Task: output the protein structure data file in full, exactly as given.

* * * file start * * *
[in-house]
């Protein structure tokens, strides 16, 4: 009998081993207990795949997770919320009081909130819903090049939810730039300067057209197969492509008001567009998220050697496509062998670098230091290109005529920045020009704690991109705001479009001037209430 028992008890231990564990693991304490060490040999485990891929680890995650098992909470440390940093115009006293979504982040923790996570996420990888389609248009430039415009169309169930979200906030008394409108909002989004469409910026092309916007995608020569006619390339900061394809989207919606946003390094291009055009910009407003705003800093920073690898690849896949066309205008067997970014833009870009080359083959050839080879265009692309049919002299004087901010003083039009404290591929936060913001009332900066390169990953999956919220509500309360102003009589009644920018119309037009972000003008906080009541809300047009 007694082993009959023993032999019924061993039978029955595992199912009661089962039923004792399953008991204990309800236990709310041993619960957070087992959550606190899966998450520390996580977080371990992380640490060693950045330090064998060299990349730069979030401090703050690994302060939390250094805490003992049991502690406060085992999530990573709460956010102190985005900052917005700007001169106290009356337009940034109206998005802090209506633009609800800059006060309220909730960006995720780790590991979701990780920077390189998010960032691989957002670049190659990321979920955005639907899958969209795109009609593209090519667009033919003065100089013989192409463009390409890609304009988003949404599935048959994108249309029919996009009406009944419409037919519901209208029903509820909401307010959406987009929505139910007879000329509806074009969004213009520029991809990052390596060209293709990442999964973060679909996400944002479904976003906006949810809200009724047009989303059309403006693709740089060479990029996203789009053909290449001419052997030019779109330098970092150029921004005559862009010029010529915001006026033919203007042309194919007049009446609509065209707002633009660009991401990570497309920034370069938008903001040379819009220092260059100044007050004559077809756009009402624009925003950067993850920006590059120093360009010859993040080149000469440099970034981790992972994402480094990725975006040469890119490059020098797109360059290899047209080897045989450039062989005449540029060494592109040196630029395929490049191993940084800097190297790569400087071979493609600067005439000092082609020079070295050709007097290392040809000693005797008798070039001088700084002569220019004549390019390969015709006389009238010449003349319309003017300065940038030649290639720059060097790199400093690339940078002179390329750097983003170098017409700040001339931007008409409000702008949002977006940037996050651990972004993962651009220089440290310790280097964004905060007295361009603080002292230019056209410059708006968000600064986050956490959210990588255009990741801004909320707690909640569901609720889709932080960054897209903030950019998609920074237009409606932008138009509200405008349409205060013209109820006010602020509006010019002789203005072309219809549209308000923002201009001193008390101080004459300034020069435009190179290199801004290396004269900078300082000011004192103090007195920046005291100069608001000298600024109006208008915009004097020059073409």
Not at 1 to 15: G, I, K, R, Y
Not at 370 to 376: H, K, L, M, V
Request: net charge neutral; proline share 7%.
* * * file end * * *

[in-house]
């Protein structure tokens, strides 16, 4: 009998081993207990795949997770919320009081909130819903090049939810730039300067057209197969492509008001567009998220050697496509062998670098230091290109005529920045020009704690991109705001479009001037209430 028992008890231990564990693991304490060490040999485990891929680890995650098992909470440390940093115009006293979504982040923790996570996420990888389609248009430039415009169309169930979200906030008394409108909002989004469409910026092309916007995608020569006619390339900061394809989207919606946003390094291009055009910009407003705003800093920073690898690849896949066309205008067997970014833009870009080359083959050839080879265009692309049919002299004087901010003083039009404290591929936060913001009332900066390169990953999956919220509500309360102003009589009644920018119309037009972000003008906080009541809300047009 007694082993009959023993032999019924061993039978029955595992199912009661089962039923004792399953008991204990309800236990709310041993619960957070087992959550606190899966998450520390996580977080371990992380640490060693950045330090064998060299990349730069979030401090703050690994302060939390250094805490003992049991502690406060085992999530990573709460956010102190985005900052917005700007001169106290009356337009940034109206998005802090209506633009609800800059006060309220909730960006995720780790590991979701990780920077390189998010960032691989957002670049190659990321979920955005639907899958969209795109009609593209090519667009033919003065100089013989192409463009390409890609304009988003949404599935048959994108249309029919996009009406009944419409037919519901209208029903509820909401307010959406987009929505139910007879000329509806074009969004213009520029991809990052390596060209293709990442999964973060679909996400944002479904976003906006949810809200009724047009989303059309403006693709740089060479990029996203789009053909290449001419052997030019779109330098970092150029921004005559862009010029010529915001006026033919203007042309194919007049009446609509065209707002633009660009991401990570497309920034370069938008903001040379819009220092260059100044007050004559077809756009009402624009925003950067993850920006590059120093360009010859993040080149000469440099970034981790992972994402480094990725975006040469890119490059020098797109360059290899047209080897045989450039062989005449540029060494592109040196630029395929490049191993940084800097190297790569400087071979493609600067005439000092082609020079070295050709007097290392040809000693005797008798070039001088700084002569220019004549390019390969015709006389009238010449003349319309003017300065940038030649290639720059060097790199400093690339940078002179390329750097983003170098017409700040001339931007008409409000702008949002977006940037996050651990972004993962651009220089440290310790280097964004905060007295361009603080002292230019056209410059708006968000600064986050956490959210990588255009990741801004909320707690909640569901609720889709932080960054897209903030950019998609920074237009409606932008138009509200405008349409205060013209109820006010602020509006010019002789203005072309219809549209308000923002201009001193008390101080004459300034020069435009190179290199801004290396004269900078300082000011004192103090007195920046005291100069608001000298600024109006208008915009004097020059073409």
Not at 1 to 15: G, I, K, R, Y
Not at 370 to 376: H, K, L, M, V
Request: net charge neutral; proline share 7%.